I want to clarify I do know how to compute Bayes Theorem and conditional Probability questions. I just want to make sure I am doing this problem correctly because my teacher doesn't think he made a mistake on grading my homework.


1 in 3000 High School students use steroids. A test they take has a 97.5% chance of being positive when the athlete has steroids, and a 98.5% of showing negative when they really aren't using steroids.

a) What is the chance the test is negative when the athlete is using steroids?

b) An athlete tests positive. What is the chance he is really using steroids?

For part "a" I have 1-.985, which is 1 - the probability of a True Negative.

For part "b" I have .0003(.975)/.0003(.975)+.9997(.025), which is the probability of a True Positive/ The sum of the chance of getting a True Positive and False Positive.

Any Help? If I need it, or reassurance if I am correct? Thank You!

  • $\begingroup$ Could you explain how you computed the chance of a false positive result? $\endgroup$
    – whuber
    Sep 26, 2018 at 20:42
  • $\begingroup$ A True Positive has a probability of .975. A False Positive has a Probability of 1-.975. $\endgroup$ Sep 26, 2018 at 20:45
  • $\begingroup$ I didn't write part a correctly on her but I did on my paper. I just noticed this sorry! $\endgroup$ Sep 26, 2018 at 20:46
  • $\begingroup$ Wouldn't a false negative be 1-.985 though? Because A true negative is .985? $\endgroup$ Sep 26, 2018 at 20:49
  • 1
    $\begingroup$ It looks like you ought to review the definitions. $\endgroup$
    – whuber
    Sep 26, 2018 at 20:54

2 Answers 2


Some comments.

First, $1/3000 = 0.0003333333$ and maybe shouldn't be rounded quite so much.

Second, terminology such as 'false positive' has been so badly abused that one can no longer be sure whether it is intended to mean "Non-user and Positive", "Non-user given Positive", or "Postive given Non-user". These phrases give rise to three different probabilities. So I have stopped using 'false positive'.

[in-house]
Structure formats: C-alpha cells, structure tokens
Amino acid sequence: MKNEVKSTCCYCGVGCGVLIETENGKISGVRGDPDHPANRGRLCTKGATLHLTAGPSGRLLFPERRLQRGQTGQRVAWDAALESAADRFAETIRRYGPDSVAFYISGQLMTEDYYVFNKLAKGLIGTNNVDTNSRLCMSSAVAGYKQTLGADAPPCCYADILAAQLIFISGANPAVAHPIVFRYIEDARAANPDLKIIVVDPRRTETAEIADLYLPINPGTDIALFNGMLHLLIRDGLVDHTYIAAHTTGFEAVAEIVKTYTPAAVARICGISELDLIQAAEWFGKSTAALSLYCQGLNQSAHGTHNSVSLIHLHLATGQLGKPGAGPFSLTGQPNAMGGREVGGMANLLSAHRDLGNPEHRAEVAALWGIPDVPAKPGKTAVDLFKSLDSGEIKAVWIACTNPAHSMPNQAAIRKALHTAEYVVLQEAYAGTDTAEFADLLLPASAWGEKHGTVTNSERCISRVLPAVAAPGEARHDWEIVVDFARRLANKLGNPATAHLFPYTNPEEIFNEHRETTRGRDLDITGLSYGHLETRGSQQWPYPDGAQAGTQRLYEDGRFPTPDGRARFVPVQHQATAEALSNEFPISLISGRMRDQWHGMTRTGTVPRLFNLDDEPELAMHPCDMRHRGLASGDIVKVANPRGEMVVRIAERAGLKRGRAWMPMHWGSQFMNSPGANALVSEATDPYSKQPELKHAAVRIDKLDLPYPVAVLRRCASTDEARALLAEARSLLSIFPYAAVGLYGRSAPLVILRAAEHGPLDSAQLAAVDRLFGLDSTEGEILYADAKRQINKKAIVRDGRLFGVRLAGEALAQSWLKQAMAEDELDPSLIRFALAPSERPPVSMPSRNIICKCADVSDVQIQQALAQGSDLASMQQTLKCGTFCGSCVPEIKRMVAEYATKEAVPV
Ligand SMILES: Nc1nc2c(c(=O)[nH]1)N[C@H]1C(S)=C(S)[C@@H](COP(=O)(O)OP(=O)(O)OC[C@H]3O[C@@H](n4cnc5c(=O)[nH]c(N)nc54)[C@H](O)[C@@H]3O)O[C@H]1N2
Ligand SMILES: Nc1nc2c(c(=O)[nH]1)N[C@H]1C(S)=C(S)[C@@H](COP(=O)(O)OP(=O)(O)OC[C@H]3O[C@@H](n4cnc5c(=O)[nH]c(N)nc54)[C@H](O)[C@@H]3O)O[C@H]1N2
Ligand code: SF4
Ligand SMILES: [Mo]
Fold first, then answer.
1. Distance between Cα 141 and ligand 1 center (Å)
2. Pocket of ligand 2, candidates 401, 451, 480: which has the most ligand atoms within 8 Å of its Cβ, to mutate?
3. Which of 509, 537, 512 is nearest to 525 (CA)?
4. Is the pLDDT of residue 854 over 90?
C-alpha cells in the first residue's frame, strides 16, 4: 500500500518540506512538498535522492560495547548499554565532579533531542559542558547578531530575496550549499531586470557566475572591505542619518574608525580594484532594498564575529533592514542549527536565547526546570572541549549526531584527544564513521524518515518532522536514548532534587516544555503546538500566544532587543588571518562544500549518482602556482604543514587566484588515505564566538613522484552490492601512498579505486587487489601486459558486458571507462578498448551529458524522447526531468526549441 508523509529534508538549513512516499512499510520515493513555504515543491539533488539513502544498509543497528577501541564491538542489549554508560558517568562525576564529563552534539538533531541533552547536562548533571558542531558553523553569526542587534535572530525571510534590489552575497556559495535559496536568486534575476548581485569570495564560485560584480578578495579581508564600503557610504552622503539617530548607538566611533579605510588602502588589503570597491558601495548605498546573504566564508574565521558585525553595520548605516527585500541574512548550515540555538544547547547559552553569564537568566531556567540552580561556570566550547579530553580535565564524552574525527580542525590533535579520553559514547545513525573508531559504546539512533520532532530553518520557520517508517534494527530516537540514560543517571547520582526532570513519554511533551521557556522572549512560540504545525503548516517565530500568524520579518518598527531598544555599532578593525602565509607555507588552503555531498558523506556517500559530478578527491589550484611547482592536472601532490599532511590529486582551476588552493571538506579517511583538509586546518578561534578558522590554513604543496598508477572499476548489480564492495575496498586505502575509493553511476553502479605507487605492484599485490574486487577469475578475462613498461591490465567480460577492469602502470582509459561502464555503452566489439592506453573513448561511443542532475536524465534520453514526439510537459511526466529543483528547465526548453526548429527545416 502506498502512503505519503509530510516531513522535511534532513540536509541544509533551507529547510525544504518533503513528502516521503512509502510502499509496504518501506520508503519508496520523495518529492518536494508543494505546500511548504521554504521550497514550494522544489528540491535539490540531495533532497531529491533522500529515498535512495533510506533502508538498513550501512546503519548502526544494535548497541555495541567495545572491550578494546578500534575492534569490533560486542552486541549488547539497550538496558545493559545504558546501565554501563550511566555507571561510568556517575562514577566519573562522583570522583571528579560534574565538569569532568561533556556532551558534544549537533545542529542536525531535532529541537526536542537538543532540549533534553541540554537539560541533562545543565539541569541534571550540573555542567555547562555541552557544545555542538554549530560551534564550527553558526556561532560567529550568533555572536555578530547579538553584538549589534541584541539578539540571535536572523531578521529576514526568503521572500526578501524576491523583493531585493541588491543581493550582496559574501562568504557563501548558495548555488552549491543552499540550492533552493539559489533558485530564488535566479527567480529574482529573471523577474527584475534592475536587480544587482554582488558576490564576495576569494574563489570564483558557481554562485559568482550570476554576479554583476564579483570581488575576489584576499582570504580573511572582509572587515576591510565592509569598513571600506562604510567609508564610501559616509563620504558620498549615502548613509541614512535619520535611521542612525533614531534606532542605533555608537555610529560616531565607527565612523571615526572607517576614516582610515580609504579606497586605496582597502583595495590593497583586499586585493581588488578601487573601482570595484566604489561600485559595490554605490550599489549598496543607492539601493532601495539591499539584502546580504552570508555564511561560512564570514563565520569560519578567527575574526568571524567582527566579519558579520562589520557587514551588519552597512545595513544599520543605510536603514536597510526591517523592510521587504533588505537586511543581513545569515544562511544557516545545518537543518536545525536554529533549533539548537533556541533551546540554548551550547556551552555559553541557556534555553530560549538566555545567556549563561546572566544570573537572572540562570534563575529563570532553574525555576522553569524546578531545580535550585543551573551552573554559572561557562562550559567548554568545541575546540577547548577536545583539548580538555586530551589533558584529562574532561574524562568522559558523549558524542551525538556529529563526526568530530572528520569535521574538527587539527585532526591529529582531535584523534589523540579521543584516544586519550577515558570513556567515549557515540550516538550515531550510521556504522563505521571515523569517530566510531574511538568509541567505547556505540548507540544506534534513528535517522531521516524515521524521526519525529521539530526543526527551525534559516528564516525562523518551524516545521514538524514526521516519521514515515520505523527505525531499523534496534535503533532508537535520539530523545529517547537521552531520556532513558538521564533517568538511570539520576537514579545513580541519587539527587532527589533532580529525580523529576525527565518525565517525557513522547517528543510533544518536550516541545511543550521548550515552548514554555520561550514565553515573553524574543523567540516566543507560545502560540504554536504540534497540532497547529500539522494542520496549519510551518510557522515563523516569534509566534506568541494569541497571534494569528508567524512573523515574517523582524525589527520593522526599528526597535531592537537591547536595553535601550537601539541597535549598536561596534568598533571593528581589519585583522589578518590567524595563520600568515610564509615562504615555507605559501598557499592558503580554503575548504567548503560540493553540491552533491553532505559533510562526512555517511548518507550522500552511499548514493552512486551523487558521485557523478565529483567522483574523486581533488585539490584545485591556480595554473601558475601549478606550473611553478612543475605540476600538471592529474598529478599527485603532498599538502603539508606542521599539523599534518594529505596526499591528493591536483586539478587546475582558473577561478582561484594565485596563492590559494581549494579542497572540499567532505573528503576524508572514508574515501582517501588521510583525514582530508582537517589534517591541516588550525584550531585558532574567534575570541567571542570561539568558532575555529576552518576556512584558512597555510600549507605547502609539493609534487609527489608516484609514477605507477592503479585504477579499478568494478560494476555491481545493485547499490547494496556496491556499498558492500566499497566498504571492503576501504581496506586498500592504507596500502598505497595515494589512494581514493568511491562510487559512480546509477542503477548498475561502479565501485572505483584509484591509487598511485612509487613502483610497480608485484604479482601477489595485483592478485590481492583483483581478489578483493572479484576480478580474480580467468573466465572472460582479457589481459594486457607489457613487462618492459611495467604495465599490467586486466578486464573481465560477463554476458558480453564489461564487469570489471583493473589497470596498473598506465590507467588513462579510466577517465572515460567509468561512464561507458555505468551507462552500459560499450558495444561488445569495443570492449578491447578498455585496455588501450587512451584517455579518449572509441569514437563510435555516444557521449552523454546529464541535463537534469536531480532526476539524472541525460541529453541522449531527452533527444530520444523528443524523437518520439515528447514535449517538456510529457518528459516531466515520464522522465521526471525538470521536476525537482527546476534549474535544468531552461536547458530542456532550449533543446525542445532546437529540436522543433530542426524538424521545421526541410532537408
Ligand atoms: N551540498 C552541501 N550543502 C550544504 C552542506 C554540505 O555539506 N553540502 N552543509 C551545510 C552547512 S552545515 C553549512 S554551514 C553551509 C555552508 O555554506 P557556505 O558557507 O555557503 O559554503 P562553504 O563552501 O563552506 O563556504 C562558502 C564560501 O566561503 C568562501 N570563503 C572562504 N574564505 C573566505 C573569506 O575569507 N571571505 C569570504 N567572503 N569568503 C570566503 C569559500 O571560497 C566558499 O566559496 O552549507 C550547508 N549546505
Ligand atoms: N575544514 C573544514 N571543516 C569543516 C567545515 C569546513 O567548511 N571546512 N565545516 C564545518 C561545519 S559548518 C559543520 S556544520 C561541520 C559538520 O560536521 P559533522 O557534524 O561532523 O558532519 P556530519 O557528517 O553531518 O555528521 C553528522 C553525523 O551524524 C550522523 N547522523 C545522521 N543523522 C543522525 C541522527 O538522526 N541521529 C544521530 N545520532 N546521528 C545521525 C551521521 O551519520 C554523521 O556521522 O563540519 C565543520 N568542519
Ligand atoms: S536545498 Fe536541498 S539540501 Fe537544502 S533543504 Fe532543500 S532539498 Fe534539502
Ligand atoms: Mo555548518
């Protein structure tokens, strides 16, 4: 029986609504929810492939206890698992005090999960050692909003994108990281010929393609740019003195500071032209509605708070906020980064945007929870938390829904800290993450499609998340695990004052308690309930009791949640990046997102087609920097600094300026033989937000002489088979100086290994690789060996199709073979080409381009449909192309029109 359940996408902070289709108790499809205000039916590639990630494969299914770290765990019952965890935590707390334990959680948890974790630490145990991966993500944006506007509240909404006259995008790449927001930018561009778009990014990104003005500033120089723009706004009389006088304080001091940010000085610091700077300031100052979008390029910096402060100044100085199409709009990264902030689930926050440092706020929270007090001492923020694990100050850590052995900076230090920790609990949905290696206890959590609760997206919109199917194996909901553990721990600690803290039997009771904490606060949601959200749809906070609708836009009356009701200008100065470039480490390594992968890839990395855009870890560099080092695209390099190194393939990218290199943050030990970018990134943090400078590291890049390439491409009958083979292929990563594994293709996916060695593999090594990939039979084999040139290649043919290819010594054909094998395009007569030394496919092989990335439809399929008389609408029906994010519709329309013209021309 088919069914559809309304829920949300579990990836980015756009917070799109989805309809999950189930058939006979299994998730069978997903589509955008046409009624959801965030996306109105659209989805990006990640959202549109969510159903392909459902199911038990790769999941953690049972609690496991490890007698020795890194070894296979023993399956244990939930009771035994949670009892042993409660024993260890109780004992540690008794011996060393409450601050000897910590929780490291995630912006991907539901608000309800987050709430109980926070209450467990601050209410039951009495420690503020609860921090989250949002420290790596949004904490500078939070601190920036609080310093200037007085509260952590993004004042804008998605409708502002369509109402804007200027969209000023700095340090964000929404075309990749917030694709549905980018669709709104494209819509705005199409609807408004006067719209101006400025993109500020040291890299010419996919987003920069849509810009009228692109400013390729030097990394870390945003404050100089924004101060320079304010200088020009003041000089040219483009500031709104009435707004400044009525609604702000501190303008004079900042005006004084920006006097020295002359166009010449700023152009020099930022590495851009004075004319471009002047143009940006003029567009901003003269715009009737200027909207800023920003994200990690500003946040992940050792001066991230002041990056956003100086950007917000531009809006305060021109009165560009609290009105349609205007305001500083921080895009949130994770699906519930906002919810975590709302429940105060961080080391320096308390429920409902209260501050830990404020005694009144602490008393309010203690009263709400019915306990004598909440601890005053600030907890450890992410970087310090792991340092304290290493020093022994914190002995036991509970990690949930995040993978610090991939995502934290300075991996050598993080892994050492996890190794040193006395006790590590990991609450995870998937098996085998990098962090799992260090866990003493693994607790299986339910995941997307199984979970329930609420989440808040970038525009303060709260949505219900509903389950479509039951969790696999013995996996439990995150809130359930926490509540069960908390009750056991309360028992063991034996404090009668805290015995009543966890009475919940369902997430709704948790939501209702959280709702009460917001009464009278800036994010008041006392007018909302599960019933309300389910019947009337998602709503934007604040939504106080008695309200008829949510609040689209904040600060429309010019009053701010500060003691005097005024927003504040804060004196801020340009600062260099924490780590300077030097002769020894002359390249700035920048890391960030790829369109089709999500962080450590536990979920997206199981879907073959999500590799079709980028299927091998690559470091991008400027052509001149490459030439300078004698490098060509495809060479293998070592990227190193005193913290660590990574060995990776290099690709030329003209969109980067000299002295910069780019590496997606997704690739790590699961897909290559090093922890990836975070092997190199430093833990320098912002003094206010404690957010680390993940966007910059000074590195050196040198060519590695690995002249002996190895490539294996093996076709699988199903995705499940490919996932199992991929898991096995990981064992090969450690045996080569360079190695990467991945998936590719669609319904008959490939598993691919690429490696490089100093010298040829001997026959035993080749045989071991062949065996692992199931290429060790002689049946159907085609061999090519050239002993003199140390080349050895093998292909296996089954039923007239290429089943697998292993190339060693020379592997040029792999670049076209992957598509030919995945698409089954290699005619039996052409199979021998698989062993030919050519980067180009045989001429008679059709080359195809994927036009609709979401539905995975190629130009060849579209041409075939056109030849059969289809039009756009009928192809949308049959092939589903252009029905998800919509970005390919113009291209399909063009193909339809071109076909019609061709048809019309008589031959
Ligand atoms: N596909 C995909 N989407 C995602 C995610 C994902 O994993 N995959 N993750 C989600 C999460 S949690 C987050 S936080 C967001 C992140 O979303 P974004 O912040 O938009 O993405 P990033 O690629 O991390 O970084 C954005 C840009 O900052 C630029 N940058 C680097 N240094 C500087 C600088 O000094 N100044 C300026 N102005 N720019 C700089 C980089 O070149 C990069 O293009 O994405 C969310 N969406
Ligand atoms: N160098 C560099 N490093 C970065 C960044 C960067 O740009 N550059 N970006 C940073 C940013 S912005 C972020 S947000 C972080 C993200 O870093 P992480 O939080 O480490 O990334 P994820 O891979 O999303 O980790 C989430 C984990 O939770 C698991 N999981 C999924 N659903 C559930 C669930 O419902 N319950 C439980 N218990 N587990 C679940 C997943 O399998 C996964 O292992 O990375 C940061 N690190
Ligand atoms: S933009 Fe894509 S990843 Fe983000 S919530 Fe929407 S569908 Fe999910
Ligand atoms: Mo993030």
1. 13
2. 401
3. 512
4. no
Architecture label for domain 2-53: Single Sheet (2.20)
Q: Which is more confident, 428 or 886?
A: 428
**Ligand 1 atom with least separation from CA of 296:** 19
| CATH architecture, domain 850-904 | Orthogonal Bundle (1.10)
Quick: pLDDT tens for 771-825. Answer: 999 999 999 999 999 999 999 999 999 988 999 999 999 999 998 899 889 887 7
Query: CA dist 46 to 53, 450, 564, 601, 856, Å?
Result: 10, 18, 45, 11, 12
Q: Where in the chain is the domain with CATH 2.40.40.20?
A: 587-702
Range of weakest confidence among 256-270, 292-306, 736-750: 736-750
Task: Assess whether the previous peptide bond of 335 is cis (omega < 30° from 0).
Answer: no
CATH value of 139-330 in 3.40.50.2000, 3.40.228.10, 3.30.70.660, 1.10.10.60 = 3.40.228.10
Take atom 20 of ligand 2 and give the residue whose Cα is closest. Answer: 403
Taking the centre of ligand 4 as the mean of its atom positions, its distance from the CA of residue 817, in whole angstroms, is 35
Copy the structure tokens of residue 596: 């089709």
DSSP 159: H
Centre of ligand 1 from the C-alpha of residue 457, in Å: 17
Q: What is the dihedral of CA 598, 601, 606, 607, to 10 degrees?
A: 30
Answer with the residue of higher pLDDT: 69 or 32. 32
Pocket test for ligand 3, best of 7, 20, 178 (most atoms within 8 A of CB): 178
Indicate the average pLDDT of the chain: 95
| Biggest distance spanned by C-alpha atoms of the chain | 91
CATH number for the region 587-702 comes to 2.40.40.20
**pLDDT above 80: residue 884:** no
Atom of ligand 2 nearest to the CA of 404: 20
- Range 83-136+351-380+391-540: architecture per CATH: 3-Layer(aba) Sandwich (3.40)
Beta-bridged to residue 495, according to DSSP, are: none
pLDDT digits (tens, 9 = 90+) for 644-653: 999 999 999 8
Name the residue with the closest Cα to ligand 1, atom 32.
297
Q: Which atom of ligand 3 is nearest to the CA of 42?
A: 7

Third, the last factor in your denominator should be $$P(Pos|S^c) = 1 - P(Neg|S^c) = 1 - 0.985 = 0.015$$ (not 0.025).

You are given $P(S) = 1/3000$ (sometimes called prevalence of steroid use, $P(Pos | S) = 0.975$ (sometimes called sensitivity of the test), $P(Neg | S^c) = 0.985$ (sometimes called specificity of the test).

You seek $P(S | Pos)$ (sometimes called predictive power of a positive test). Because $P(S|Pos) = \frac{P(S \cap Pos)}{P(Pos)},$ we begin by using the 'Law of Total Probability' to find the denominator.

$$P(Pos) = P(Pos \cap S) + P(Pos \cap S^c) = P(S)P(Pos|S) + P(S^c)P(Pos|S^c)\\ = \frac{1}{3000}0.975 + \frac{2999}{3000}(1-0.985) = 0.0153.$$

[1] 0.000325
[1] 0.014995
(1/3000)*.975 + (2999/3000)*(1-.985)
[1] 0.01532

Then $$P(S|Pos) = \frac{P(S \cap Pos)}{P(Pos)} =\frac{0.000325}{0.01532} = 0.0212141.$$

Notes: Your answer, with extra parentheses for the denominator, is

[1] 0.01156812

Your answer to (a) should be $P(Neg|S) = 1 - P(Pos|S) = 1 - .975,$ and (a) is not directly related to (b).


I am sorry for the confusion, here is the solution.

A) 1 - P(True -) = 1- .985 = .015

B) .0003(.975)/.0003(.975) + .9997(.025) = .02

  • $\begingroup$ Your answer to (b) lacks parentheses in the denominator. With or without parentheses, it does not compute to .02 (which would be nearly correct). Also, do you mean .9997(.015) in the denominator? I make enough typos that I'm the last person to downvote because of typos. But perhaps you want to make changes to your Answer. (And maybe proofread mine.) $\endgroup$
    – BruceET
    Sep 27, 2018 at 0:34

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